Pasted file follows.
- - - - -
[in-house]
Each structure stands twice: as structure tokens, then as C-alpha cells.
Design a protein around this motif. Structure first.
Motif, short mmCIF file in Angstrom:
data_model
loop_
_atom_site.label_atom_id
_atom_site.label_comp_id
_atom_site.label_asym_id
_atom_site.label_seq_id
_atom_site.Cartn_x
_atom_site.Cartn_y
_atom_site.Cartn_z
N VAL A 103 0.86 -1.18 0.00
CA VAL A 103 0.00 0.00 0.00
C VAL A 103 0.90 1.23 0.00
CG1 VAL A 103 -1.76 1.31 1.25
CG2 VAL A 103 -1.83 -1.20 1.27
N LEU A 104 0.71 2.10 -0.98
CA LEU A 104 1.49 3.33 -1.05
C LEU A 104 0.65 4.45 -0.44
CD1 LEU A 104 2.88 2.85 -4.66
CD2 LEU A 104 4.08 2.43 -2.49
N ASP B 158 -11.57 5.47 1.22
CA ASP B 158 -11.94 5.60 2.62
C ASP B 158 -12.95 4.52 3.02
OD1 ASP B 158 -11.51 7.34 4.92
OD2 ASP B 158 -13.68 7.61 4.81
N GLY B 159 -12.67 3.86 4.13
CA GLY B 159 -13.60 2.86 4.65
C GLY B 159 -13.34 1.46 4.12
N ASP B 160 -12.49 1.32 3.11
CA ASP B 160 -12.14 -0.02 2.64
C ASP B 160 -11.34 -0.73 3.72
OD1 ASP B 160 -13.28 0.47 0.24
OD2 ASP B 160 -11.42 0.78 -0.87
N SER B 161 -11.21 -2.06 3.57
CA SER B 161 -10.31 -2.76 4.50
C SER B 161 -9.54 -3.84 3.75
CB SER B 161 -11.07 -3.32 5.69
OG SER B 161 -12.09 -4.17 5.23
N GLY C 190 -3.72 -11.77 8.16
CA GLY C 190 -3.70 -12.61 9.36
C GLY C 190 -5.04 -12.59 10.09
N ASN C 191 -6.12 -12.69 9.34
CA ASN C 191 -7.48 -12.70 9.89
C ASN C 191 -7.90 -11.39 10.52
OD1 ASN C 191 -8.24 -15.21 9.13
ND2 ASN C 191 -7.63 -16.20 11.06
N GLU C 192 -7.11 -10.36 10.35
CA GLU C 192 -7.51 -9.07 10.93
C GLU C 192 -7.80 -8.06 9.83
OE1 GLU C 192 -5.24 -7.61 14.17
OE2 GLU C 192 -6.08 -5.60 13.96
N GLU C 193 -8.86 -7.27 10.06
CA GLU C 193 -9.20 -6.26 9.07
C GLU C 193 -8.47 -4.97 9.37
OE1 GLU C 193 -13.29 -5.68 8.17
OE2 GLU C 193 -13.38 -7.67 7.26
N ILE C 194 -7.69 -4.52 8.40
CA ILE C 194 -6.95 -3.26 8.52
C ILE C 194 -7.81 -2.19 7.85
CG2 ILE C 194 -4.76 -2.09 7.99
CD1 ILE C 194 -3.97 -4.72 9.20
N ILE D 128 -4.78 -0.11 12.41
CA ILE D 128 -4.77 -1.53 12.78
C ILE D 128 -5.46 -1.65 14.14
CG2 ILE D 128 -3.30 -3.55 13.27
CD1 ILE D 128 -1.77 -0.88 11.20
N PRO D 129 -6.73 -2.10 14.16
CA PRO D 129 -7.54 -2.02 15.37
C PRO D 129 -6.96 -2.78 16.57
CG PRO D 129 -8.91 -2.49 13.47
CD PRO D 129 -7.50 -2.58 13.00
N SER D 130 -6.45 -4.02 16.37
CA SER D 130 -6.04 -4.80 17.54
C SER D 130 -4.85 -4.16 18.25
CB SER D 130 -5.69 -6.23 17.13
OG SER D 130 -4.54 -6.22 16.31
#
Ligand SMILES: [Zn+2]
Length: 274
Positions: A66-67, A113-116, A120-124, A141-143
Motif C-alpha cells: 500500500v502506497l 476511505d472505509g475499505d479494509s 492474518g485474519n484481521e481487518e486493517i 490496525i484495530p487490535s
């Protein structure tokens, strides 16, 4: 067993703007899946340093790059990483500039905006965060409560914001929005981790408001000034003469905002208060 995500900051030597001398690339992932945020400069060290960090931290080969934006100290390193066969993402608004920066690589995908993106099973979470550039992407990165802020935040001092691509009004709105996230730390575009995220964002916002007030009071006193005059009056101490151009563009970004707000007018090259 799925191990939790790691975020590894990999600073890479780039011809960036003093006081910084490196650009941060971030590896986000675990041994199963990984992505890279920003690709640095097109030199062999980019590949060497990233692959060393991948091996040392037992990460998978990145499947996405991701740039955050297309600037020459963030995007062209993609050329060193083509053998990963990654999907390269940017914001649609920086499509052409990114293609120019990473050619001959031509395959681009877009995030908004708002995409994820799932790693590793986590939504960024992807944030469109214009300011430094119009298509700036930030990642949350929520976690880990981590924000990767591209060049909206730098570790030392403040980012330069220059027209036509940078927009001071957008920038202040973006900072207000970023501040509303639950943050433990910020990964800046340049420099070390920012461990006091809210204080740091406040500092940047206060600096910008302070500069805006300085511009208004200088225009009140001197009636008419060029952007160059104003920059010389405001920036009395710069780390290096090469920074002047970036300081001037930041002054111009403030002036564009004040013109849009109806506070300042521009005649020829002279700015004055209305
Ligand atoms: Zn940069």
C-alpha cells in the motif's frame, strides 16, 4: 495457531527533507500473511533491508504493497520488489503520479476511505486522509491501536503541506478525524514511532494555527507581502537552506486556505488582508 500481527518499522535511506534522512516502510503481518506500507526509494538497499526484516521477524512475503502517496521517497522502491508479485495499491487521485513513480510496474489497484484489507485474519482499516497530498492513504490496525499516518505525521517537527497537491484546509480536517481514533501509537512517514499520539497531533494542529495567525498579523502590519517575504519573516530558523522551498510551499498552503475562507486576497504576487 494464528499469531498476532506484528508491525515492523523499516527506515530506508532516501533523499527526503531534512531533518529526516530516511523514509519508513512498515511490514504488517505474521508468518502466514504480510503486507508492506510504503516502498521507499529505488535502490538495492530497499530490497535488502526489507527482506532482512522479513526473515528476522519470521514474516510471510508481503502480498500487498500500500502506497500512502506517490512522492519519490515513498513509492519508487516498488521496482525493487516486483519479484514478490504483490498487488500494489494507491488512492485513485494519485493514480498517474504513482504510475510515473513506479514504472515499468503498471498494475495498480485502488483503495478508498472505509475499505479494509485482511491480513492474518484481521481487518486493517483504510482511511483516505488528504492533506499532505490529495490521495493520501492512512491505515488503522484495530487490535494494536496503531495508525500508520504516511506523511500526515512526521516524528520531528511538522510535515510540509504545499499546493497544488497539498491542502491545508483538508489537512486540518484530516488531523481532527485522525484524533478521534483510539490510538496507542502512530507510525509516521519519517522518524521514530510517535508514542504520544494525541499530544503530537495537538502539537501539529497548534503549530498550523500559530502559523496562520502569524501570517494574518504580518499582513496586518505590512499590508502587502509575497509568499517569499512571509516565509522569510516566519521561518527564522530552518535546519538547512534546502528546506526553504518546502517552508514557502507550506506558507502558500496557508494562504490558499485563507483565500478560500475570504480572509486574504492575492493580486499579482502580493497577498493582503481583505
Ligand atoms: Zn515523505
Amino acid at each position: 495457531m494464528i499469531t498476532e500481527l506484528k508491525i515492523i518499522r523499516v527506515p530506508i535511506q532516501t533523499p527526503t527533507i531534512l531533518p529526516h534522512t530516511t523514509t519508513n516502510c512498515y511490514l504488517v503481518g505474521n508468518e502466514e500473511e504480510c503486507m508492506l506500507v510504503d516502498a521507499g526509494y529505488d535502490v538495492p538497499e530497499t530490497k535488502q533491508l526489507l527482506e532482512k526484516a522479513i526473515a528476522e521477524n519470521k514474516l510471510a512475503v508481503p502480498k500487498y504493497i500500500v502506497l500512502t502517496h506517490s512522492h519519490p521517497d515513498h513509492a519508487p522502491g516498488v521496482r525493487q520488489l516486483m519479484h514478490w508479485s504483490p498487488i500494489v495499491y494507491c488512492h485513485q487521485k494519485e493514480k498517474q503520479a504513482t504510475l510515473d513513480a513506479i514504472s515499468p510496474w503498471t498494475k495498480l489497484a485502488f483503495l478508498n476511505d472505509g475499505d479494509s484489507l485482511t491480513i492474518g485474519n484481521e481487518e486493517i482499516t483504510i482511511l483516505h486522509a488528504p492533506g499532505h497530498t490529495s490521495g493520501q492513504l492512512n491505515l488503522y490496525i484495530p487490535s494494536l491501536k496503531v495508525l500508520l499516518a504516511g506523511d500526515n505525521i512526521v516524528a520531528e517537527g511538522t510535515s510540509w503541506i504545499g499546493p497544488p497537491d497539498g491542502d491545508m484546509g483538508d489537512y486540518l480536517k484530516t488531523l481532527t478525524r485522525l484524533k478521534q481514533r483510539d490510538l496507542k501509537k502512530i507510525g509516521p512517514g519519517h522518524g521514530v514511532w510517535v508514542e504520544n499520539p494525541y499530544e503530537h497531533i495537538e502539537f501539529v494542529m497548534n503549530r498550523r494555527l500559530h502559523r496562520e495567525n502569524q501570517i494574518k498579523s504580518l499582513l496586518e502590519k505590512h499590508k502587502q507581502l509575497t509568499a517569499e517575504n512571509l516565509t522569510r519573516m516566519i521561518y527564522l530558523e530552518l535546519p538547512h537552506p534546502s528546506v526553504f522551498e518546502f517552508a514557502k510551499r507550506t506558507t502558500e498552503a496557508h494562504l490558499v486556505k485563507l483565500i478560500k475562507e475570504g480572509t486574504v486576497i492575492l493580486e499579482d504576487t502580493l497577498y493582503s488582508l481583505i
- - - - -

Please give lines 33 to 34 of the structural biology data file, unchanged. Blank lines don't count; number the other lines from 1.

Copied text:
CA ASP B 160 -12.14 -0.02 2.64
C ASP B 160 -11.34 -0.73 3.72